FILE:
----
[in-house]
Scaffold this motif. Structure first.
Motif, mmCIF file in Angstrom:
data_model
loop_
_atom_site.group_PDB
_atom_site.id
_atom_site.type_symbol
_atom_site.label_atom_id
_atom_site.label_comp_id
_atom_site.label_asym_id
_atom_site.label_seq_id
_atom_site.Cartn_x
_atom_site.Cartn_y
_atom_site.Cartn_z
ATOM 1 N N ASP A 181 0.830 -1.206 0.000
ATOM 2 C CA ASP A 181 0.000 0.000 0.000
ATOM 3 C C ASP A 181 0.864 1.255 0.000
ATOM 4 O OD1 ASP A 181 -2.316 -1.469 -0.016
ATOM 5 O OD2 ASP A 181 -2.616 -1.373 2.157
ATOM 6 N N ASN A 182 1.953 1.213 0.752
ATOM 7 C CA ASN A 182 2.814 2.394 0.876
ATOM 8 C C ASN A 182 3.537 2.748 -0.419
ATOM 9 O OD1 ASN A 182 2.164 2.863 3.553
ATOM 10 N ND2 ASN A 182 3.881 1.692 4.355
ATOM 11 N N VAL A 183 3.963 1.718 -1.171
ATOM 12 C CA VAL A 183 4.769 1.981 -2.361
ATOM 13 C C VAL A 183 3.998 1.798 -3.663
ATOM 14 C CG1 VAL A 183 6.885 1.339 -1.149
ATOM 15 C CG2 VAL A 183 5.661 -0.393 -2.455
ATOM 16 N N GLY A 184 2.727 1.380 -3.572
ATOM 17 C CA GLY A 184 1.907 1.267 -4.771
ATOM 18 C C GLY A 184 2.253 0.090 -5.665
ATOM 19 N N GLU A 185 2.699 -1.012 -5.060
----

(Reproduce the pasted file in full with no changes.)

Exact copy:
[in-house]
Scaffold this motif. Structure first.
Motif, mmCIF file in Angstrom:
data_model
loop_
_atom_site.group_PDB
_atom_site.id
_atom_site.type_symbol
_atom_site.label_atom_id
_atom_site.label_comp_id
_atom_site.label_asym_id
_atom_site.label_seq_id
_atom_site.Cartn_x
_atom_site.Cartn_y
_atom_site.Cartn_z
ATOM 1 N N ASP A 181 0.830 -1.206 0.000
ATOM 2 C CA ASP A 181 0.000 0.000 0.000
ATOM 3 C C ASP A 181 0.864 1.255 0.000
ATOM 4 O OD1 ASP A 181 -2.316 -1.469 -0.016
ATOM 5 O OD2 ASP A 181 -2.616 -1.373 2.157
ATOM 6 N N ASN A 182 1.953 1.213 0.752
ATOM 7 C CA ASN A 182 2.814 2.394 0.876
ATOM 8 C C ASN A 182 3.537 2.748 -0.419
ATOM 9 O OD1 ASN A 182 2.164 2.863 3.553
ATOM 10 N ND2 ASN A 182 3.881 1.692 4.355
ATOM 11 N N VAL A 183 3.963 1.718 -1.171
ATOM 12 C CA VAL A 183 4.769 1.981 -2.361
ATOM 13 C C VAL A 183 3.998 1.798 -3.663
ATOM 14 C CG1 VAL A 183 6.885 1.339 -1.149
ATOM 15 C CG2 VAL A 183 5.661 -0.393 -2.455
ATOM 16 N N GLY A 184 2.727 1.380 -3.572
ATOM 17 C CA GLY A 184 1.907 1.267 -4.771
ATOM 18 C C GLY A 184 2.253 0.090 -5.665
ATOM 19 N N GLU A 185 2.699 -1.012 -5.060